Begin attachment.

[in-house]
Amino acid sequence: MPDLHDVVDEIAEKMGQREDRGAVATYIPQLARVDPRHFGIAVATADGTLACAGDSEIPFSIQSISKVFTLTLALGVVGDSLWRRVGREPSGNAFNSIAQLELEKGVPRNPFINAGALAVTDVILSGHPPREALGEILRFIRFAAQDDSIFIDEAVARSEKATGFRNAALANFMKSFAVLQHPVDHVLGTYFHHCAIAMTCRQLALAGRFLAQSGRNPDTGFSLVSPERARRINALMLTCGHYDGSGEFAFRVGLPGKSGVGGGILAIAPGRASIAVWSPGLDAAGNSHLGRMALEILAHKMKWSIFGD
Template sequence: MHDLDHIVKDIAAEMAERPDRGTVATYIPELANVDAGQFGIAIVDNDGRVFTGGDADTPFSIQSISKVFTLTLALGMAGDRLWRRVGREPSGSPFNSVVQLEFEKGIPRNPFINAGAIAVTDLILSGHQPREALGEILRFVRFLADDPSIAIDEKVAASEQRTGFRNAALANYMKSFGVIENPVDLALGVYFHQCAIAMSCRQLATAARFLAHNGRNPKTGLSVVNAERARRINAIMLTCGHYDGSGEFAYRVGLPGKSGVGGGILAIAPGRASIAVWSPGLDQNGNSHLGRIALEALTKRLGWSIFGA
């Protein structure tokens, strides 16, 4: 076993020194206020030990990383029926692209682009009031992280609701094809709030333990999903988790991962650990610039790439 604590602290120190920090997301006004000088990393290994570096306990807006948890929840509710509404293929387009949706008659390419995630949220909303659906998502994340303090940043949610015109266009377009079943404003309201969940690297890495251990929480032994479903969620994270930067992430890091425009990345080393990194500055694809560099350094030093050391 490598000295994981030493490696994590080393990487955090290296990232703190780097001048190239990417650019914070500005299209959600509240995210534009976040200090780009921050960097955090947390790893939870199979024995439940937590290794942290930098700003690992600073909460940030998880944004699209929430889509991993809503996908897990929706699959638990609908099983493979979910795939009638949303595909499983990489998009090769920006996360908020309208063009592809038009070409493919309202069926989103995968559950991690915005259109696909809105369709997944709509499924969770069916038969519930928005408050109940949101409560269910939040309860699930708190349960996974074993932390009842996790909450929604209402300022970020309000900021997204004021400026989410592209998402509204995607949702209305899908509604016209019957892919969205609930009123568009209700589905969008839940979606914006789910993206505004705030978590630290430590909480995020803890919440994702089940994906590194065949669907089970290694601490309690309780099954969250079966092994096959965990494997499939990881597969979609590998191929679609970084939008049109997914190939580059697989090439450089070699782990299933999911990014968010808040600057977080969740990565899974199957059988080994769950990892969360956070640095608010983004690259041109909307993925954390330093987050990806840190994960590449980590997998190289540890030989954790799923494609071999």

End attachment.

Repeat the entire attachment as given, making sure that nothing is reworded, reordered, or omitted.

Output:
[in-house]
Amino acid sequence: MPDLHDVVDEIAEKMGQREDRGAVATYIPQLARVDPRHFGIAVATADGTLACAGDSEIPFSIQSISKVFTLTLALGVVGDSLWRRVGREPSGNAFNSIAQLELEKGVPRNPFINAGALAVTDVILSGHPPREALGEILRFIRFAAQDDSIFIDEAVARSEKATGFRNAALANFMKSFAVLQHPVDHVLGTYFHHCAIAMTCRQLALAGRFLAQSGRNPDTGFSLVSPERARRINALMLTCGHYDGSGEFAFRVGLPGKSGVGGGILAIAPGRASIAVWSPGLDAAGNSHLGRMALEILAHKMKWSIFGD
Template sequence: MHDLDHIVKDIAAEMAERPDRGTVATYIPELANVDAGQFGIAIVDNDGRVFTGGDADTPFSIQSISKVFTLTLALGMAGDRLWRRVGREPSGSPFNSVVQLEFEKGIPRNPFINAGAIAVTDLILSGHQPREALGEILRFVRFLADDPSIAIDEKVAASEQRTGFRNAALANYMKSFGVIENPVDLALGVYFHQCAIAMSCRQLATAARFLAHNGRNPKTGLSVVNAERARRINAIMLTCGHYDGSGEFAYRVGLPGKSGVGGGILAIAPGRASIAVWSPGLDQNGNSHLGRIALEALTKRLGWSIFGA
């Protein structure tokens, strides 16, 4: 076993020194206020030990990383029926692209682009009031992280609701094809709030333990999903988790991962650990610039790439 604590602290120190920090997301006004000088990393290994570096306990807006948890929840509710509404293929387009949706008659390419995630949220909303659906998502994340303090940043949610015109266009377009079943404003309201969940690297890495251990929480032994479903969620994270930067992430890091425009990345080393990194500055694809560099350094030093050391 490598000295994981030493490696994590080393990487955090290296990232703190780097001048190239990417650019914070500005299209959600509240995210534009976040200090780009921050960097955090947390790893939870199979024995439940937590290794942290930098700003690992600073909460940030998880944004699209929430889509991993809503996908897990929706699959638990609908099983493979979910795939009638949303595909499983990489998009090769920006996360908020309208063009592809038009070409493919309202069926989103995968559950991690915005259109696909809105369709997944709509499924969770069916038969519930928005408050109940949101409560269910939040309860699930708190349960996974074993932390009842996790909450929604209402300022970020309000900021997204004021400026989410592209998402509204995607949702209305899908509604016209019957892919969205609930009123568009209700589905969008839940979606914006789910993206505004705030978590630290430590909480995020803890919440994702089940994906590194065949669907089970290694601490309690309780099954969250079966092994096959965990494997499939990881597969979609590998191929679609970084939008049109997914190939580059697989090439450089070699782990299933999911990014968010808040600057977080969740990565899974199957059988080994769950990892969360956070640095608010983004690259041109909307993925954390330093987050990806840190994960590449980590997998190289540890030989954790799923494609071999």